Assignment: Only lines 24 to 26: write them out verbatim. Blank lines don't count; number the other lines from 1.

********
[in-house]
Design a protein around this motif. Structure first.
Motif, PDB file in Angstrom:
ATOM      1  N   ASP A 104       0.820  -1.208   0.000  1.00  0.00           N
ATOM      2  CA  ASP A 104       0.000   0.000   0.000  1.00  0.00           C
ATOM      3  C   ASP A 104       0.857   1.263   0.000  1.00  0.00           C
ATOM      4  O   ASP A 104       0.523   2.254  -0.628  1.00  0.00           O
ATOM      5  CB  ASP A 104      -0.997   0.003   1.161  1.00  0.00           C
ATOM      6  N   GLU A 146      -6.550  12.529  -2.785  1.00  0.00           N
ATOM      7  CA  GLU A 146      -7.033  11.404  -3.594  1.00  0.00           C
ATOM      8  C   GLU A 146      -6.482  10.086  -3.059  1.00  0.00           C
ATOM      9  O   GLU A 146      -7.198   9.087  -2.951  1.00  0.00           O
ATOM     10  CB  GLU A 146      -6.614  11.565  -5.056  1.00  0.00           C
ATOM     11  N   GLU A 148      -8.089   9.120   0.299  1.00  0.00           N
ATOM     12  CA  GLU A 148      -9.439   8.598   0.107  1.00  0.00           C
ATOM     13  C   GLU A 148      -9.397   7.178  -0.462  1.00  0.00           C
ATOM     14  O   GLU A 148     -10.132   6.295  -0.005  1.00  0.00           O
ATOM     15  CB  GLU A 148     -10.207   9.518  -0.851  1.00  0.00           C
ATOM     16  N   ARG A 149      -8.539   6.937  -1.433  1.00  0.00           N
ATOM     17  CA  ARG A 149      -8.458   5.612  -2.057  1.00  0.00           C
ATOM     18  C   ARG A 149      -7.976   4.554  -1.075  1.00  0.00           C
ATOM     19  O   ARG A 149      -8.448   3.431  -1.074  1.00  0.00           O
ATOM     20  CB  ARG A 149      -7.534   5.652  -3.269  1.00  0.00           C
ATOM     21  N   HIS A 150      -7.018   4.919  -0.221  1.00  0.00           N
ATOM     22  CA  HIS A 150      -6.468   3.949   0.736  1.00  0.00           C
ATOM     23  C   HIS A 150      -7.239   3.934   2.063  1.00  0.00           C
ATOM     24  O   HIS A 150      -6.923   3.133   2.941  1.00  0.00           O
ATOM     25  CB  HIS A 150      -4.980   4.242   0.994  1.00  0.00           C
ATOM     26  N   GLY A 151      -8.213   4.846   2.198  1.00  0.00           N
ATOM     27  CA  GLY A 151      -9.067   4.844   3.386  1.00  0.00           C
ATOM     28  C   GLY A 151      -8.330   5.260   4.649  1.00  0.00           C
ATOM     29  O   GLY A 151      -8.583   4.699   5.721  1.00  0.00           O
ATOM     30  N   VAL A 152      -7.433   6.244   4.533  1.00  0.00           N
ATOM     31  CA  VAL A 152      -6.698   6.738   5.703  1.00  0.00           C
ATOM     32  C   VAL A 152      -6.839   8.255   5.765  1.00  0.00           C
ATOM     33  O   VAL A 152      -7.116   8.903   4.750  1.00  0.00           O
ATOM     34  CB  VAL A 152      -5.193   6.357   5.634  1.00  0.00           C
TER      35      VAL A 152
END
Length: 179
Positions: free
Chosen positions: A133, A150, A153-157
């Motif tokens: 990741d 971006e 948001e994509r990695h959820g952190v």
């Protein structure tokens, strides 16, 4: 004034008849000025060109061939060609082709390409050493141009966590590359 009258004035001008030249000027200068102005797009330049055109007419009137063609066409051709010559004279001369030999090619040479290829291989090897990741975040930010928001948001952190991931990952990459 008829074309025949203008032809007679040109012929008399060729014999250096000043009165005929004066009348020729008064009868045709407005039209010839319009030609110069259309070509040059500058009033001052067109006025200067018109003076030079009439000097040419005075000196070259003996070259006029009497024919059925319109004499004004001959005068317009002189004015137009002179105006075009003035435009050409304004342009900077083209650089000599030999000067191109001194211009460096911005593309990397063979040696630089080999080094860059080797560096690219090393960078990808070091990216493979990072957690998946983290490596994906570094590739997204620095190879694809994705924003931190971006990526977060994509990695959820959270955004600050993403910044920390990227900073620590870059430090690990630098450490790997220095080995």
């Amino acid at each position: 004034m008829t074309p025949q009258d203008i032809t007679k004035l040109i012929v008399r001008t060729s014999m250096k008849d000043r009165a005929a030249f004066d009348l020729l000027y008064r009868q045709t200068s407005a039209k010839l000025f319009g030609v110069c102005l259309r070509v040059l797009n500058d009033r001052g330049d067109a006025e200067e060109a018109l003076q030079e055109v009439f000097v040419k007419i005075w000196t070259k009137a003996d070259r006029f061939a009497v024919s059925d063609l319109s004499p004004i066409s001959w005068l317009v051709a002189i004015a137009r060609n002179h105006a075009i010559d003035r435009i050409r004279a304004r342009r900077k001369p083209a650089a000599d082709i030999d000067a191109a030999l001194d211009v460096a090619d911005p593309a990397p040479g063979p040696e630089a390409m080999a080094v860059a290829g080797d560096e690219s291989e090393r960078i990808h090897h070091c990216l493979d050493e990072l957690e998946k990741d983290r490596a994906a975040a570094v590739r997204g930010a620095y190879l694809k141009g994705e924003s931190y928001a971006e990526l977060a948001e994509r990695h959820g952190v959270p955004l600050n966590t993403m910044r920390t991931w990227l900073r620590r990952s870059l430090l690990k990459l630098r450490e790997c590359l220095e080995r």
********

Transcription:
ATOM     21  N   HIS A 150      -7.018   4.919  -0.221  1.00  0.00           N
ATOM     22  CA  HIS A 150      -6.468   3.949   0.736  1.00  0.00           C
ATOM     23  C   HIS A 150      -7.239   3.934   2.063  1.00  0.00           C